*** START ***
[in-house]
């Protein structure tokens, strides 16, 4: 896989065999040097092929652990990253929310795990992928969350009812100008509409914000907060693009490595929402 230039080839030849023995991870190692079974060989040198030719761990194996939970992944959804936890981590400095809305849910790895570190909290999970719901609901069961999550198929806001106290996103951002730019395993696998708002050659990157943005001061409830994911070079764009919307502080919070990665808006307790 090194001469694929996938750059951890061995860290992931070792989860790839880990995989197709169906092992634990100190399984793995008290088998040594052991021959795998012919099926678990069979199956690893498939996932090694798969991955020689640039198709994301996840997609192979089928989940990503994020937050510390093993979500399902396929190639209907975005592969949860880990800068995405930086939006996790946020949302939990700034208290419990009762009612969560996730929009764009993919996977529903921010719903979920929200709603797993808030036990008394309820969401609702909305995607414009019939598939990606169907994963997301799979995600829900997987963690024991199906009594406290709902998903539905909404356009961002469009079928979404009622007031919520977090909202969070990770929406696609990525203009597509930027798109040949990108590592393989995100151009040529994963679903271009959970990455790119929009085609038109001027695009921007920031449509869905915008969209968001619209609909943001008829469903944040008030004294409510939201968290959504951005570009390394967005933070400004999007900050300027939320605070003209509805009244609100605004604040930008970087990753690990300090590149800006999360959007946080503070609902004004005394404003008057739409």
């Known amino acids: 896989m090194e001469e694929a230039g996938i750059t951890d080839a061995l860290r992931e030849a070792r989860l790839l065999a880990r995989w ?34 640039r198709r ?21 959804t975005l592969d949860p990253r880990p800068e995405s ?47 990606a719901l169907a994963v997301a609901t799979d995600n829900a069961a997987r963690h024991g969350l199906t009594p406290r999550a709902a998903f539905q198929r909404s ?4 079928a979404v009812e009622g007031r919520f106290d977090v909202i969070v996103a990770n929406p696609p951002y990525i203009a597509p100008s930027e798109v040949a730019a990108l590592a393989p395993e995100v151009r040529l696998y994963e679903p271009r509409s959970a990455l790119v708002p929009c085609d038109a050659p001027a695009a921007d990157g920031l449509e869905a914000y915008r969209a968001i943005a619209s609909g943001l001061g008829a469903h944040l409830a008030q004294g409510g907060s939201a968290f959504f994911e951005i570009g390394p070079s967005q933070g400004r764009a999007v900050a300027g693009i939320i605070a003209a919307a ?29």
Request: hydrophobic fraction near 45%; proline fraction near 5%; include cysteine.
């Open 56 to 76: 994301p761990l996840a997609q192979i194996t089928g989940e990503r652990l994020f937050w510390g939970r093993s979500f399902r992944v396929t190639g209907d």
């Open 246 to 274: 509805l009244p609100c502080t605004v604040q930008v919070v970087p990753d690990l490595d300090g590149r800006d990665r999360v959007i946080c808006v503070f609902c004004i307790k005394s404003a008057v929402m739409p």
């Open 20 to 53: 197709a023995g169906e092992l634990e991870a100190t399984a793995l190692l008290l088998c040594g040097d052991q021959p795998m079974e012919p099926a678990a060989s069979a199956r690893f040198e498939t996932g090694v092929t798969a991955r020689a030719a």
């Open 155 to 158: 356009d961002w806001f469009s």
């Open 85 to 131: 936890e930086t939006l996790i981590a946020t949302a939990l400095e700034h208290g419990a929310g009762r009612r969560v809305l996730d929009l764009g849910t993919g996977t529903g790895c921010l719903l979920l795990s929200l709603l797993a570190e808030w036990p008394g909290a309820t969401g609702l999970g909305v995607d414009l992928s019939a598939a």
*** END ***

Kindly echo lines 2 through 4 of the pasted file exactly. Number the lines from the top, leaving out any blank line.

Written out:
């Protein structure tokens, strides 16, 4: 896989065999040097092929652990990253929310795990992928969350009812100008509409914000907060693009490595929402 230039080839030849023995991870190692079974060989040198030719761990194996939970992944959804936890981590400095809305849910790895570190909290999970719901609901069961999550198929806001106290996103951002730019395993696998708002050659990157943005001061409830994911070079764009919307502080919070990665808006307790 090194001469694929996938750059951890061995860290992931070792989860790839880990995989197709169906092992634990100190399984793995008290088998040594052991021959795998012919099926678990069979199956690893498939996932090694798969991955020689640039198709994301996840997609192979089928989940990503994020937050510390093993979500399902396929190639209907975005592969949860880990800068995405930086939006996790946020949302939990700034208290419990009762009612969560996730929009764009993919996977529903921010719903979920929200709603797993808030036990008394309820969401609702909305995607414009019939598939990606169907994963997301799979995600829900997987963690024991199906009594406290709902998903539905909404356009961002469009079928979404009622007031919520977090909202969070990770929406696609990525203009597509930027798109040949990108590592393989995100151009040529994963679903271009959970990455790119929009085609038109001027695009921007920031449509869905915008969209968001619209609909943001008829469903944040008030004294409510939201968290959504951005570009390394967005933070400004999007900050300027939320605070003209509805009244609100605004604040930008970087990753690990300090590149800006999360959007946080503070609902004004005394404003008057739409």
């Known amino acids: 896989m090194e001469e694929a230039g996938i750059t951890d080839a061995l860290r992931e030849a070792r989860l790839l065999a880990r995989w ?34 640039r198709r ?21 959804t975005l592969d949860p990253r880990p800068e995405s ?47 990606a719901l169907a994963v997301a609901t799979d995600n829900a069961a997987r963690h024991g969350l199906t009594p406290r999550a709902a998903f539905q198929r909404s ?4 079928a979404v009812e009622g007031r919520f106290d977090v909202i969070v996103a990770n929406p696609p951002y990525i203009a597509p100008s930027e798109v040949a730019a990108l590592a393989p395993e995100v151009r040529l696998y994963e679903p271009r509409s959970a990455l790119v708002p929009c085609d038109a050659p001027a695009a921007d990157g920031l449509e869905a914000y915008r969209a968001i943005a619209s609909g943001l001061g008829a469903h944040l409830a008030q004294g409510g907060s939201a968290f959504f994911e951005i570009g390394p070079s967005q933070g400004r764009a999007v900050a300027g693009i939320i605070a003209a919307a ?29």
Request: hydrophobic fraction near 45%; proline fraction near 5%; include cysteine.